Business Gets Political

Gone are the days when businesses tried to keep personal politics out of the boardroom. Customer-based alienation resulting from a mishmash of political ideologies is no longer a concern. In today’s contentious political environment, businesses are throwing in their own two cents (if not more) to openly align with political parties.

In fact, a glaring line seems to have been drawn between the left and right leaning businesses in the US. Companies like Wal-Mart, Coca-Cola, and pretty much any oil company and airline are proponents of big business and serve as proud representatives of the GOP. They openly embrace conservative principals and, as a result, enjoy popularity among conservative consumers. On the other side, contemporary companies like Apple, Starbucks, and the three biggest search engines, Google, Yahoo, and MSN, lean left and open their arms to liberal ideas like green technology and change. Their customers tend to be skeptics of big business, so these companies’ rebelliousness helps fuel popularity among those who rebel against the status quo.

While the idea that opposites attract unquestionably applies to science, it’s difficult to find proof of the theory in business. The CEO tends to drive the political affiliation of a company through political activity and donations. The Board of Directors, who often hold similar ideas, adds little political diversity at the top. Moreover, certain companies are naturally drawn to particular ideological beliefs. Cabela’s, a hunting and fishing retailer, naturally espouses protection of the Second Amendment. Newsweb Coroporation, an alternative and minority-issue publisher, identifies with more liberal beliefs and ideas. Some CEOs are more public in their political leanings than others. While most quietly write checks, others are the face of their respective political party. The Koch brothers, heads of Koch Industries based in Wichita, Kansas, have angered teachers across the country through the funding of the political organizations Americans for Prosperity and the Kansas Policy Institute. Their funding helped win the battle over teacher rights in Wisconsin.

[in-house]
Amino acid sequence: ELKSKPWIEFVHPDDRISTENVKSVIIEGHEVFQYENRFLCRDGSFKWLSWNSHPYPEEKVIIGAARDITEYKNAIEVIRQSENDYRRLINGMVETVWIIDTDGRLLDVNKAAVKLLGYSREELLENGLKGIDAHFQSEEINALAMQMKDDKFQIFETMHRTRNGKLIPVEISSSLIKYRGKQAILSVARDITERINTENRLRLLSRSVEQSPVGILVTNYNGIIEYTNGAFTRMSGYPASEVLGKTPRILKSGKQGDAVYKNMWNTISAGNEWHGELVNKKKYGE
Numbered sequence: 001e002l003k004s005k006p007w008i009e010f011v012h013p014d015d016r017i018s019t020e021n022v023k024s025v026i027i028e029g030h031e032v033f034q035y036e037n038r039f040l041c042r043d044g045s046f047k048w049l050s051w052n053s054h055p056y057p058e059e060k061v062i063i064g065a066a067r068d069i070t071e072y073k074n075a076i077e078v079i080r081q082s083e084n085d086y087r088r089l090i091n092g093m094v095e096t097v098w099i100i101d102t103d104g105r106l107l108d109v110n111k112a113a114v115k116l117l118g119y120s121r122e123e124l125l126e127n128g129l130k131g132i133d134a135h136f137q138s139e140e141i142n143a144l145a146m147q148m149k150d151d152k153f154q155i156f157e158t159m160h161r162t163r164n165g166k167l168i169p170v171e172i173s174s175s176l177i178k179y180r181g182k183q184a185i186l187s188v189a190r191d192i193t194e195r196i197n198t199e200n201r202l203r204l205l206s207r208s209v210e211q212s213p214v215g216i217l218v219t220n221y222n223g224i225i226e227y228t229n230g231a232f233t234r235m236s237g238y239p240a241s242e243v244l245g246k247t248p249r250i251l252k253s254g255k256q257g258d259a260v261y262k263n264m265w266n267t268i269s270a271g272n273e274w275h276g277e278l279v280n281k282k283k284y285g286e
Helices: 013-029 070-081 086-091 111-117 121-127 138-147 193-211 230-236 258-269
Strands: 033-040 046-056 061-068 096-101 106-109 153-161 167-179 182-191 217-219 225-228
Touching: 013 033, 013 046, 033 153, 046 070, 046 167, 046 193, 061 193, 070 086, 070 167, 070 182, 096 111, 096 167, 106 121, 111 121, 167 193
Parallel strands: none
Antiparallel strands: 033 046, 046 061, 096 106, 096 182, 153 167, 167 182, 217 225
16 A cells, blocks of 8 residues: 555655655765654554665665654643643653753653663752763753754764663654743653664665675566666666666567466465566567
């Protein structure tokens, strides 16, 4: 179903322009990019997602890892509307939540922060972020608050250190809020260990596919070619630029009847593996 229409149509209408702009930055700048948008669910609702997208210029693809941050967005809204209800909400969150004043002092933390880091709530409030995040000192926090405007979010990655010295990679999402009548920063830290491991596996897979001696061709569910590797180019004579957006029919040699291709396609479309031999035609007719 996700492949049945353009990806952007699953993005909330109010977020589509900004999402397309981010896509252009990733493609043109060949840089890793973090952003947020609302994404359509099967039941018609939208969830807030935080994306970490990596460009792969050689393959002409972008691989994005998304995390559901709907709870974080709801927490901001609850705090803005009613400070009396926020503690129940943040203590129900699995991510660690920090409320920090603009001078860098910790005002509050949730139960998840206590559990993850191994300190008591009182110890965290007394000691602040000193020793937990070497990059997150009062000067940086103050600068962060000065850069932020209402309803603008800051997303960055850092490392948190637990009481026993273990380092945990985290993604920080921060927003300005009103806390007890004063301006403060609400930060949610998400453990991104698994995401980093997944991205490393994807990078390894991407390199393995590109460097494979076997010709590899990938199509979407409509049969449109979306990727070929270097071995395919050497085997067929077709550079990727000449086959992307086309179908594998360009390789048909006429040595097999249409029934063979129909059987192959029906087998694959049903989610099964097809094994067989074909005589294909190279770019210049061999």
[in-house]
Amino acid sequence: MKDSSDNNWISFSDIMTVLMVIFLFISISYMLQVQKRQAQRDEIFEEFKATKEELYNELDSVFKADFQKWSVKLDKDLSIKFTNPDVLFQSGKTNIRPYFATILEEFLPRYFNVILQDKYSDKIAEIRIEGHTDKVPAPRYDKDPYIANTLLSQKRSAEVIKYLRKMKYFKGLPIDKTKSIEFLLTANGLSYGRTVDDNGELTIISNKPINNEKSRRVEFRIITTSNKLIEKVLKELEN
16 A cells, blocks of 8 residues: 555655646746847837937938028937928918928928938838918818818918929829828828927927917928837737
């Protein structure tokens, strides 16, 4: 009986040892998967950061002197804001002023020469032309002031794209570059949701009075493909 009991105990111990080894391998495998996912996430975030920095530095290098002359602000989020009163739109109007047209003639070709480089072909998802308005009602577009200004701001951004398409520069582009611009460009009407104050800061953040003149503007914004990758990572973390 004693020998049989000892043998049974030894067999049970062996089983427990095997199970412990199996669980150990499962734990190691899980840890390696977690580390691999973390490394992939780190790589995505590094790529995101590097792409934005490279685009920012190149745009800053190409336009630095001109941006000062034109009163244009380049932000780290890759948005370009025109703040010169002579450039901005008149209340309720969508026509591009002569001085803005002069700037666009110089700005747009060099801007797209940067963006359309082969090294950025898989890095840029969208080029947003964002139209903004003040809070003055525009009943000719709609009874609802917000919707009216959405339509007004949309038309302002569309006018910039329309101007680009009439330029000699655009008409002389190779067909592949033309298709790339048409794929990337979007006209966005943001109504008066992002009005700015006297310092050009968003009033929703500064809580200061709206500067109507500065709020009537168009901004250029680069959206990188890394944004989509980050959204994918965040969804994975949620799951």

Surprisingly, a business’s open political affiliation does little to sway consumer spending. There are pockets of consumers who boycott businesses based on political beliefs. Some Democrats, for instance, refuse to shop at Wal-Mart because of the corporation’s anti-union policies. Some Republicans traded in their Chevrolet automobiles in favor of Ford, the one auto company that didn’t accept a government bailout. Yet consumers recognize that they can’t necessarily afford to shop based solely on political beliefs- a low price is a low price- while most businesses recognize that they can’t afford to offend consumers.

Politics may be ugly, but that doesn’t stop businesses from wading into the fray. Still, most recognize the need to play nice in order to maintain the bottom line.